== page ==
Itihasa to Mythology

Euro-American texts are termed as English or American history, literature or culture but civilisational knowledge be it Indian or Greek has been termed as mythology or classical, both attuning to it ‘ancient & dead’ status.

Our epics, Ramayana and Mahabharatha were classified as ‘Itihasa’ ("It thus happened"). As a part of the diabolical plan of the East India Company’s Indologists to ‘digest’ & ‘assimilate’ our civilisational knowledge systems, in 1813, James Mill & Charles Grant wrote ‘History of India’ to introduce the term ‘mythology’ to classify most of the literature of Bharat as Myth (in the sense of a widely held but false belief or idea). This is perpetuated even today, despite anthropological and archaeological evidence, that our itihasa figures are mythical and not histroical.

Mill & Grant’s criteria for classification as ‘Mythology’

  1. The events in these texts seemed to go before the date of creation of the earth as fixed by Father James Usher as 9 AM, 23rd Oct, 4004 BCE. As Gabriel Garcia Marquez says, history is recorded only after the time of the Dictator, any event prior to this time is not history but mythology.
  2. It was held by the east India company Indologists that Alexander defeated Porus in 326 BCE and spread culture and civilized thought to the pagans Indians. So the civilization described in these texts which seemed to be more advanced in science, technology, culture, philosophy and linguistics could not have existed prior to the arrival of Alexander and hence the texts are mythical.
  3. The British came up with the concept of the Aryan Invasion of India which spread culture and civilized thought to India and that until then Indians were uncivilized barbarians. Hence, again, the civilization described in these texts, which seemed to be more advanced in science, technology, culture, philosophy and linguistics could not have existed prior to the Aryan Invasion and hence the texts are mythical. The Aryan Invasion has now been dismissed by the Western historians as a figment of concoction by the British to justify their occupation of India as a rightful occupier of this Indian territory and beneficiary of its natural resources by painting the Indians themselves as belonging to the Aryan race in reality who had invaded and settled in India and set aside the original inhabitant Dravidian race as lower castes. This Aryan – Dravidian classification has now been proven to be racially incorrect as the entire Indian population has been found to belong to the same race despite their differences in features and complexion. Also the study of traditional Indian text has thrown to light how the terminologies Aryan and Dravidian were based on geographical division and not racial, cultural or civilizational. Thus this premise of Mr.Mill & Mr. Grant also seems to be flawed.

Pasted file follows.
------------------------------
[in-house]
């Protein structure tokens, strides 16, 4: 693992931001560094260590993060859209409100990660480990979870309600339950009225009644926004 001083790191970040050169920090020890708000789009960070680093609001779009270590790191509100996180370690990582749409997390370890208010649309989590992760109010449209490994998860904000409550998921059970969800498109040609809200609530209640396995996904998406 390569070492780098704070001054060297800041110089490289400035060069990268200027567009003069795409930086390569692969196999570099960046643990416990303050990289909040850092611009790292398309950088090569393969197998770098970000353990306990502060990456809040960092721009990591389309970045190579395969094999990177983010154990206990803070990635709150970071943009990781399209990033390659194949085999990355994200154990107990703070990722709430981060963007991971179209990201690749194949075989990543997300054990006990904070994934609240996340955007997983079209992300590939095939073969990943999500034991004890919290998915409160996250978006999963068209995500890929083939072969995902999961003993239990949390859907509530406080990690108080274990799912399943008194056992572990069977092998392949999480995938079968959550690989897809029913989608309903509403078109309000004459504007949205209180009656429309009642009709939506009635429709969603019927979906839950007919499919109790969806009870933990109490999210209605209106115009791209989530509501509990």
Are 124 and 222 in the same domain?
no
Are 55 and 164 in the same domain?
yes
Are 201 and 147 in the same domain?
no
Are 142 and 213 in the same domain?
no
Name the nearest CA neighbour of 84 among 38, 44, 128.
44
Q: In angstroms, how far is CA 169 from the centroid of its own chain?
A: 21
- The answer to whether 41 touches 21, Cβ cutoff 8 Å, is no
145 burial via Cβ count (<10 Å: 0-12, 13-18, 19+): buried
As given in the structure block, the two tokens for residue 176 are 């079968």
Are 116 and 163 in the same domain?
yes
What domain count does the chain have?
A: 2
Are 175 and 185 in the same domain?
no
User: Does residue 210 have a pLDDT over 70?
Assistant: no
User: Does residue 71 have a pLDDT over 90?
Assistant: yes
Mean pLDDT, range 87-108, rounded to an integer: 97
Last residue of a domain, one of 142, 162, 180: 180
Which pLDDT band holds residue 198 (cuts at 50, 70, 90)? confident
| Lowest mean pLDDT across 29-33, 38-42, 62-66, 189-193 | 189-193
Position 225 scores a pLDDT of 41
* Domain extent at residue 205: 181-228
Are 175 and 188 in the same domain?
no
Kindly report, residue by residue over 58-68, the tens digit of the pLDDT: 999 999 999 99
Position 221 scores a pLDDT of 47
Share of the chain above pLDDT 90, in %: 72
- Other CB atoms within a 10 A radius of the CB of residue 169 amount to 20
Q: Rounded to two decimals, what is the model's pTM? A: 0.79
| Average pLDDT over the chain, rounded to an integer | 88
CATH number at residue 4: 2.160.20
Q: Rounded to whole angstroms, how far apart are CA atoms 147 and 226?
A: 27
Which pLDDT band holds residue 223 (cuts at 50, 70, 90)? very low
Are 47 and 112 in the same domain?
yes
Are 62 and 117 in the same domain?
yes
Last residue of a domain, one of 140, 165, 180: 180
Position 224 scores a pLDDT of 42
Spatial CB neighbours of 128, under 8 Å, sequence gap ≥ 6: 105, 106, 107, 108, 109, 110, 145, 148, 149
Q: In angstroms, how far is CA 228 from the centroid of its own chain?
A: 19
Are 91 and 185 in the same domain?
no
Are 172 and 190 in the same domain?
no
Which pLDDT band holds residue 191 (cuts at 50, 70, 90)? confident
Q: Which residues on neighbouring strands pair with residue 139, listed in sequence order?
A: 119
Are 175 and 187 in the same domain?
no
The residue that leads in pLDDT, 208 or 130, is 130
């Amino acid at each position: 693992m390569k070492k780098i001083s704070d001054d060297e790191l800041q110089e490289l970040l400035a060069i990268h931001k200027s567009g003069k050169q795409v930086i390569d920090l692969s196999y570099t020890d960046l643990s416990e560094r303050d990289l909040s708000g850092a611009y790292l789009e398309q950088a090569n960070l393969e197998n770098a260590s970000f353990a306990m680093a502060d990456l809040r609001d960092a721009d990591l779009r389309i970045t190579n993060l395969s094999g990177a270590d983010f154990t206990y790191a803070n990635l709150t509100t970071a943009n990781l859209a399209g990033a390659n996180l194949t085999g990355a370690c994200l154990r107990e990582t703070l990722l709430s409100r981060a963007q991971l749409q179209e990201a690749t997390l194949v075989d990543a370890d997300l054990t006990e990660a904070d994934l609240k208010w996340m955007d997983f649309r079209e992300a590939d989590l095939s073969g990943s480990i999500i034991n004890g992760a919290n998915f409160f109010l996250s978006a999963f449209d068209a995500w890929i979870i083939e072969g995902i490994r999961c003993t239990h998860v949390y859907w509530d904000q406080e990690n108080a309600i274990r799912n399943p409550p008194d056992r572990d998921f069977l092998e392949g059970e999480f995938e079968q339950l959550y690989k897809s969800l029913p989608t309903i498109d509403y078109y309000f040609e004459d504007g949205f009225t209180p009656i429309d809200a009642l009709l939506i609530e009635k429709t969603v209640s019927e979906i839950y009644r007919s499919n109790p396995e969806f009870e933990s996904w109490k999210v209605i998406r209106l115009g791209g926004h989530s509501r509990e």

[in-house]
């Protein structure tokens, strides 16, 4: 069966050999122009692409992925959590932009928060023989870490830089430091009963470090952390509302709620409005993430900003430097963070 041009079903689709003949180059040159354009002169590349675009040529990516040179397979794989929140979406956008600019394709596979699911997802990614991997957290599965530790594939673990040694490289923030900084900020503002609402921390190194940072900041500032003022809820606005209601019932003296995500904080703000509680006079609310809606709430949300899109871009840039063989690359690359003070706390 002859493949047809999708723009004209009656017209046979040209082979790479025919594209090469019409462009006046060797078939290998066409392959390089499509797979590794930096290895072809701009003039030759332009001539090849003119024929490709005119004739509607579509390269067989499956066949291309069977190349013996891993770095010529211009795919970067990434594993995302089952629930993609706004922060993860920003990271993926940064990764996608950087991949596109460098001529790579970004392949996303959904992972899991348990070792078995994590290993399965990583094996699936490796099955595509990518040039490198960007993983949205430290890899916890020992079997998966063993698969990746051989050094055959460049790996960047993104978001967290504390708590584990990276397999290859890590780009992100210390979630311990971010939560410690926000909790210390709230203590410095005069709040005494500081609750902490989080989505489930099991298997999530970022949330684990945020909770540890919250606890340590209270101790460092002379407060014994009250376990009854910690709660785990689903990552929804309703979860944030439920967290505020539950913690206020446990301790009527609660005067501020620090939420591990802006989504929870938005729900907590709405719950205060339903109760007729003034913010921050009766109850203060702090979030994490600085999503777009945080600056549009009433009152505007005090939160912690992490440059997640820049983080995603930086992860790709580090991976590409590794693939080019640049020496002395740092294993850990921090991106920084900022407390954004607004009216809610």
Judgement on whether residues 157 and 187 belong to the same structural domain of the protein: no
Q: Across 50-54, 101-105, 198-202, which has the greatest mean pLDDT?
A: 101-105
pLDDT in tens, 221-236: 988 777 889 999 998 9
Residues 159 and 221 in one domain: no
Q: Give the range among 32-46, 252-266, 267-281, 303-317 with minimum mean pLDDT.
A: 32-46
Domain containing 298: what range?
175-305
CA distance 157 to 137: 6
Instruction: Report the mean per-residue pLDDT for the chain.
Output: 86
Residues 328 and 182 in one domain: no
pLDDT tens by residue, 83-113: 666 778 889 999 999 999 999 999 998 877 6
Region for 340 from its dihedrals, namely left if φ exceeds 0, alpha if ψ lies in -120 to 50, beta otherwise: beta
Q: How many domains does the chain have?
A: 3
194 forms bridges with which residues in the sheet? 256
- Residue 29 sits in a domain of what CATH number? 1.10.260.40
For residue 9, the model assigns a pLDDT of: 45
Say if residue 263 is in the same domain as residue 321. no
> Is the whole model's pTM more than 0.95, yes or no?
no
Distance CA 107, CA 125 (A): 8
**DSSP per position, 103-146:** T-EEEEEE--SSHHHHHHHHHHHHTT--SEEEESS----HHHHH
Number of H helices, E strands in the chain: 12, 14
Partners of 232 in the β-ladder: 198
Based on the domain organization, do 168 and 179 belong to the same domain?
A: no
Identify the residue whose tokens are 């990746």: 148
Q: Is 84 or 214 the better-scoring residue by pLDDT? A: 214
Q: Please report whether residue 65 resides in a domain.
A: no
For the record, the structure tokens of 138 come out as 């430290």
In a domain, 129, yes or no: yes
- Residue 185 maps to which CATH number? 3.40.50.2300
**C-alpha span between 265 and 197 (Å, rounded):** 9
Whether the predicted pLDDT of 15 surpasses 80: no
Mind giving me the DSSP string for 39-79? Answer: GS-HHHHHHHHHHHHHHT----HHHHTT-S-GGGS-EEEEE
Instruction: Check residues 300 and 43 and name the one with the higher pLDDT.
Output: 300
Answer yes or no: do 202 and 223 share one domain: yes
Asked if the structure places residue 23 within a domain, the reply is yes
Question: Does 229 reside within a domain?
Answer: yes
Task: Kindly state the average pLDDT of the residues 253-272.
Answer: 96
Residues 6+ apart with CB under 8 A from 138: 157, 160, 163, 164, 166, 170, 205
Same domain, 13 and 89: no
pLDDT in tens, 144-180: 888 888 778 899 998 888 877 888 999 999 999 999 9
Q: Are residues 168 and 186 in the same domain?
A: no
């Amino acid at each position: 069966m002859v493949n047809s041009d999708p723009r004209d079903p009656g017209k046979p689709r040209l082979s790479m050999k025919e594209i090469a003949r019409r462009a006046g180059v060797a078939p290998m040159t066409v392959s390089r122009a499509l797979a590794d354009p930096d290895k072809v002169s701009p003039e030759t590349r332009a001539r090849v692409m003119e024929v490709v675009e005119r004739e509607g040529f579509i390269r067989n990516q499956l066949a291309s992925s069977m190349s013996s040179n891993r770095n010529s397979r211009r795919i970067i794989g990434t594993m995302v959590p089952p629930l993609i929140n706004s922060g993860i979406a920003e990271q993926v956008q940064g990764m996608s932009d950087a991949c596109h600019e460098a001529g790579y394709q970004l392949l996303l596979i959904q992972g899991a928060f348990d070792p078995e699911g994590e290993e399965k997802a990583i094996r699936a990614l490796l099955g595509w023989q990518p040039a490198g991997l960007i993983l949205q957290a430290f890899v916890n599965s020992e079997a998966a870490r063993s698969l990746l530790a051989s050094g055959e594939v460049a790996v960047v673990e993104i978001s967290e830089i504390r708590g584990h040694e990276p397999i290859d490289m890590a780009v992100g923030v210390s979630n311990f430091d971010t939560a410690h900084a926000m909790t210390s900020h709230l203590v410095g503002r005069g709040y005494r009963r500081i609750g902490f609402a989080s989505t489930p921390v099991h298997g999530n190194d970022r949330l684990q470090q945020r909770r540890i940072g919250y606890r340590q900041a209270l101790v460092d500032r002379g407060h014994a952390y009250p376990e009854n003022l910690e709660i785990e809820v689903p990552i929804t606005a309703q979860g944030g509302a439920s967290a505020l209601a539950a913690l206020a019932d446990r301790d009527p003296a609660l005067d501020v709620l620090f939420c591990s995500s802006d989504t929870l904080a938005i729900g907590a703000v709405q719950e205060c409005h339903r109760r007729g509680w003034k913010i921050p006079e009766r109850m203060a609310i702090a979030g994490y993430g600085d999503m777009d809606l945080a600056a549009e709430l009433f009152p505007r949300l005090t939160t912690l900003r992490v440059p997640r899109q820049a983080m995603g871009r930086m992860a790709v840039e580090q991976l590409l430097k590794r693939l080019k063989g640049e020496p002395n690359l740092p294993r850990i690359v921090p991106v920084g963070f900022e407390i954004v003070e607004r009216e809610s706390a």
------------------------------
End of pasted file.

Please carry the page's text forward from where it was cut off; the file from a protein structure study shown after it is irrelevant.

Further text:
4. They held that the Genealogies were incoherent and hence the texts were imaginary or mythical. It is to be noted that while texts contained Genealogies, their focus was on key human achievements, Dharma and Principles to be followed – basically lessons for life. Given this, there is a therefore a good possibility for gaps or inconsistencies in discussing the order in Genealogy, but that cannot detract from the historicity of the texts.

A fact that has now been proven wrong by modern cosmology and traditional archaeological finds. Hence, this premise of Mr.Mill & Mr.Grant has been found to be flawed. Not only has the existence of a civilized India prior to the arrival of Alexander been proved beyond an iota of doubt, the talk of the defeat of Porus in the hands of Alexander has been debunked is also now being questioned with the uncovering of various prebiblical texts and piecing together various circumstantial evidences which point to the contrary namely, Alexander being wounded and defeated by Porus. In fact newer evidence may even show that Alexander did not come into India at all. Thus, on all 4 grounds, Mr.Mill & Mr. Grant’s assumptions for classifying the Indian literature as mythological have been found flawed. Hence, it is but natural to revert these texts back to the original classification they enjoyed prior to this incorrect reclassification. That would bring these texts back into the classification as historical texts. Much to the consternation of the so called post British historians, it is to be noted that there is no other civilization that is as ancient and continuous as India and hence the branches of history and archeology themselves have a lesson or two to be learned on how to pursue history and archeology, from this civilization and culture. These fields of sciences would be at a great loss if they try to pursue the science through a constrained point of view as adopted by more recent civilizations or schools of thought.

References

  1. 1.0 1.1 1.2 1.3 1.4 1.5 1.6 Swami Sivananda, All About Hinduism, Page 38-41